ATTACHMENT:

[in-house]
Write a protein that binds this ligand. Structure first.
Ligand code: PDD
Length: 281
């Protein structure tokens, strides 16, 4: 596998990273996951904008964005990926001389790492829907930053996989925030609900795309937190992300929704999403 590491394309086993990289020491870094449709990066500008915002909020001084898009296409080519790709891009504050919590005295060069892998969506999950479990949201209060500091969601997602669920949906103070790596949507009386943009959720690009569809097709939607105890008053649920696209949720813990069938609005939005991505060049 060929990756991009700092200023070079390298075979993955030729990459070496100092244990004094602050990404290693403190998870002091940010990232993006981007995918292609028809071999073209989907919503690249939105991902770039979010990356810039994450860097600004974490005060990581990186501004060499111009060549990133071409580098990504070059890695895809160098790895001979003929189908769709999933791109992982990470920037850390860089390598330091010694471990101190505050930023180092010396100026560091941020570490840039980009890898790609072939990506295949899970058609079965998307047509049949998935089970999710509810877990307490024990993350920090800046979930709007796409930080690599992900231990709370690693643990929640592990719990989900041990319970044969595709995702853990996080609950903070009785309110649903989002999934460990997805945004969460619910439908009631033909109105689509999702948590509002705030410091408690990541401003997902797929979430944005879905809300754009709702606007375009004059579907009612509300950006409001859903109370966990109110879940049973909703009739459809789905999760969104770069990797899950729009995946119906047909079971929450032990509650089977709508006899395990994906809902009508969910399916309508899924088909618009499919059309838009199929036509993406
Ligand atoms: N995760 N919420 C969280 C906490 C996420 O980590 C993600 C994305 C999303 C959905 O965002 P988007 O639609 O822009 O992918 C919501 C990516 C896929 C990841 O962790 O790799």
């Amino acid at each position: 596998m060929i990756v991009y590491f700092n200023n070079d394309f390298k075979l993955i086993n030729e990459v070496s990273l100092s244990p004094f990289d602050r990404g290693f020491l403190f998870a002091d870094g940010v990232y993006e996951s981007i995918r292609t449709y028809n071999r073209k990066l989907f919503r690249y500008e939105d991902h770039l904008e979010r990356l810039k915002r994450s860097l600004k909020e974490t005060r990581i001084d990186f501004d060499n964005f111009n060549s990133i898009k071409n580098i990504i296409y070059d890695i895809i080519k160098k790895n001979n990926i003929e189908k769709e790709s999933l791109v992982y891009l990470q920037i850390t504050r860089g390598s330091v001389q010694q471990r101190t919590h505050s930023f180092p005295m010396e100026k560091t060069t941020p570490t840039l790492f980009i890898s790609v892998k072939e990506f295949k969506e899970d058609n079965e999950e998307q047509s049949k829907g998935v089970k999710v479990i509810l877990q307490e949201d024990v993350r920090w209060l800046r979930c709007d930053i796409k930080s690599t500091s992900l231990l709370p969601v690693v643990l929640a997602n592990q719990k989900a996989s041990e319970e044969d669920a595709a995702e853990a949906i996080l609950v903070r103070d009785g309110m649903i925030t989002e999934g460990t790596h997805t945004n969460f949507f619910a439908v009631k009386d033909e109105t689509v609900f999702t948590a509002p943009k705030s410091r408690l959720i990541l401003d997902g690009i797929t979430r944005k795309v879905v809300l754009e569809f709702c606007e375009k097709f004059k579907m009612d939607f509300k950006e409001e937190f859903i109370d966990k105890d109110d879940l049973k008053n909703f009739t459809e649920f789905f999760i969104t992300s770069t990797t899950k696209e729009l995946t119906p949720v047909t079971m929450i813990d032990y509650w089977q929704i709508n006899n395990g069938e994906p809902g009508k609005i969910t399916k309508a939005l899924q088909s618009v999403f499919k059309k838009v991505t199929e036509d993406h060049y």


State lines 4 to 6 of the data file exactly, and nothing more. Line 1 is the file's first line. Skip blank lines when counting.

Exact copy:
Length: 281
């Protein structure tokens, strides 16, 4: 596998990273996951904008964005990926001389790492829907930053996989925030609900795309937190992300929704999403 590491394309086993990289020491870094449709990066500008915002909020001084898009296409080519790709891009504050919590005295060069892998969506999950479990949201209060500091969601997602669920949906103070790596949507009386943009959720690009569809097709939607105890008053649920696209949720813990069938609005939005991505060049 060929990756991009700092200023070079390298075979993955030729990459070496100092244990004094602050990404290693403190998870002091940010990232993006981007995918292609028809071999073209989907919503690249939105991902770039979010990356810039994450860097600004974490005060990581990186501004060499111009060549990133071409580098990504070059890695895809160098790895001979003929189908769709999933791109992982990470920037850390860089390598330091010694471990101190505050930023180092010396100026560091941020570490840039980009890898790609072939990506295949899970058609079965998307047509049949998935089970999710509810877990307490024990993350920090800046979930709007796409930080690599992900231990709370690693643990929640592990719990989900041990319970044969595709995702853990996080609950903070009785309110649903989002999934460990997805945004969460619910439908009631033909109105689509999702948590509002705030410091408690990541401003997902797929979430944005879905809300754009709702606007375009004059579907009612509300950006409001859903109370966990109110879940049973909703009739459809789905999760969104770069990797899950729009995946119906047909079971929450032990509650089977709508006899395990994906809902009508969910399916309508899924088909618009499919059309838009199929036509993406
Ligand atoms: N995760 N919420 C969280 C906490 C996420 O980590 C993600 C994305 C999303 C959905 O965002 P988007 O639609 O822009 O992918 C919501 C990516 C896929 C990841 O962790 O790799």